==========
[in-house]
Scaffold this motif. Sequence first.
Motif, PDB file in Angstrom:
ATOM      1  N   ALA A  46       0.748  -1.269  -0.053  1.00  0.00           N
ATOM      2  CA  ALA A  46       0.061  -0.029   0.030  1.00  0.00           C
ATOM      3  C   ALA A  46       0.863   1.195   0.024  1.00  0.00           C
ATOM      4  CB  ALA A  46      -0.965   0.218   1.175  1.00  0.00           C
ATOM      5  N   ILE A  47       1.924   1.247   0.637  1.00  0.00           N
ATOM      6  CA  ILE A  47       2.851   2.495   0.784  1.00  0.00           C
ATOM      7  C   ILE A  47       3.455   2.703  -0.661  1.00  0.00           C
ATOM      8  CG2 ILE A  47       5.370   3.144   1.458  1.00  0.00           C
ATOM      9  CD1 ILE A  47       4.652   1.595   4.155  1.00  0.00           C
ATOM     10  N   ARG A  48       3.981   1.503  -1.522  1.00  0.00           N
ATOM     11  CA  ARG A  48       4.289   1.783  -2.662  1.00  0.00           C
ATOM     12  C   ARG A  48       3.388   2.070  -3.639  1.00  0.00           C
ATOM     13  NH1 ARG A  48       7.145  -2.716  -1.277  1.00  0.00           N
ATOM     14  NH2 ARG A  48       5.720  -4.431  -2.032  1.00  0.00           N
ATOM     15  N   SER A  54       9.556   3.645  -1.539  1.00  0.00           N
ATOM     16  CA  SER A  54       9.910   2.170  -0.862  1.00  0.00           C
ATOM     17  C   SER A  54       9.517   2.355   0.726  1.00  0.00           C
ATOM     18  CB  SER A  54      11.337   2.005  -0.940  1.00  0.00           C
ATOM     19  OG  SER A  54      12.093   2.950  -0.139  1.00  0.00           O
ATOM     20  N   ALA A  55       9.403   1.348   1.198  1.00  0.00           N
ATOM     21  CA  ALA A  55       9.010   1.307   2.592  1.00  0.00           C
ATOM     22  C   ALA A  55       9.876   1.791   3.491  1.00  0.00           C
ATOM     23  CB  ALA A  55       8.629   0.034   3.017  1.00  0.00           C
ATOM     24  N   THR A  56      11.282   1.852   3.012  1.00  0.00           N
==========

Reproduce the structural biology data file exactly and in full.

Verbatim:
[in-house]
Scaffold this motif. Sequence first.
Motif, PDB file in Angstrom:
ATOM      1  N   ALA A  46       0.748  -1.269  -0.053  1.00  0.00           N
ATOM      2  CA  ALA A  46       0.061  -0.029   0.030  1.00  0.00           C
ATOM      3  C   ALA A  46       0.863   1.195   0.024  1.00  0.00           C
ATOM      4  CB  ALA A  46      -0.965   0.218   1.175  1.00  0.00           C
ATOM      5  N   ILE A  47       1.924   1.247   0.637  1.00  0.00           N
ATOM      6  CA  ILE A  47       2.851   2.495   0.784  1.00  0.00           C
ATOM      7  C   ILE A  47       3.455   2.703  -0.661  1.00  0.00           C
ATOM      8  CG2 ILE A  47       5.370   3.144   1.458  1.00  0.00           C
ATOM      9  CD1 ILE A  47       4.652   1.595   4.155  1.00  0.00           C
ATOM     10  N   ARG A  48       3.981   1.503  -1.522  1.00  0.00           N
ATOM     11  CA  ARG A  48       4.289   1.783  -2.662  1.00  0.00           C
ATOM     12  C   ARG A  48       3.388   2.070  -3.639  1.00  0.00           C
ATOM     13  NH1 ARG A  48       7.145  -2.716  -1.277  1.00  0.00           N
ATOM     14  NH2 ARG A  48       5.720  -4.431  -2.032  1.00  0.00           N
ATOM     15  N   SER A  54       9.556   3.645  -1.539  1.00  0.00           N
ATOM     16  CA  SER A  54       9.910   2.170  -0.862  1.00  0.00           C
ATOM     17  C   SER A  54       9.517   2.355   0.726  1.00  0.00           C
ATOM     18  CB  SER A  54      11.337   2.005  -0.940  1.00  0.00           C
ATOM     19  OG  SER A  54      12.093   2.950  -0.139  1.00  0.00           O
ATOM     20  N   ALA A  55       9.403   1.348   1.198  1.00  0.00           N
ATOM     21  CA  ALA A  55       9.010   1.307   2.592  1.00  0.00           C
ATOM     22  C   ALA A  55       9.876   1.791   3.491  1.00  0.00           C
ATOM     23  CB  ALA A  55       8.629   0.034   3.017  1.00  0.00           C
ATOM     24  N   THR A  56      11.282   1.852   3.012  1.00  0.00           N